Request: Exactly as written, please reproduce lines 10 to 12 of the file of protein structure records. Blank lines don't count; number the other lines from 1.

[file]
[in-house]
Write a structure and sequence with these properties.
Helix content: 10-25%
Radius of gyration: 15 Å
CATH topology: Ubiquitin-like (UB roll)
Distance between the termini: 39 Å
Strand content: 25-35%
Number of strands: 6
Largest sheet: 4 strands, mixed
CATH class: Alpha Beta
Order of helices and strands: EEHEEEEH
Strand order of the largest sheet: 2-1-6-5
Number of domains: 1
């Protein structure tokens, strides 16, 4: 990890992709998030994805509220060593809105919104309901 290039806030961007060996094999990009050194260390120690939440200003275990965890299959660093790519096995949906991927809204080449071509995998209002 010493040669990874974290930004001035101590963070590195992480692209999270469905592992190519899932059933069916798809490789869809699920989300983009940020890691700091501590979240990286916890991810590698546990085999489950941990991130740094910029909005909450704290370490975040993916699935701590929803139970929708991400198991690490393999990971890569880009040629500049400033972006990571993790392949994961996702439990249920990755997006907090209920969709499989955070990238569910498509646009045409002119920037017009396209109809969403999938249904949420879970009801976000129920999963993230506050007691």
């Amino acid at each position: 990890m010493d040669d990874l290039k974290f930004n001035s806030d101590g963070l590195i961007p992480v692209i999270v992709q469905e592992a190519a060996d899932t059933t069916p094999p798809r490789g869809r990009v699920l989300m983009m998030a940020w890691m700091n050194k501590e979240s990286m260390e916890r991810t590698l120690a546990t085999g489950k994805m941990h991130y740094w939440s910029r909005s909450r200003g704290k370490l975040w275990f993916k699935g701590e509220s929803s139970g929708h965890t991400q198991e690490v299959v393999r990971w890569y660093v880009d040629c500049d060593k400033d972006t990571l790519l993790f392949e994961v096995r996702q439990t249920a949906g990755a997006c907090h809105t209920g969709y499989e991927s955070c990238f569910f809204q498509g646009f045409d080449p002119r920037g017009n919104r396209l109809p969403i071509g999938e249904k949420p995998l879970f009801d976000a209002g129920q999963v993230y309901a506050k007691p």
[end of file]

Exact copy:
CATH class: Alpha Beta
Order of helices and strands: EEHEEEEH
Strand order of the largest sheet: 2-1-6-5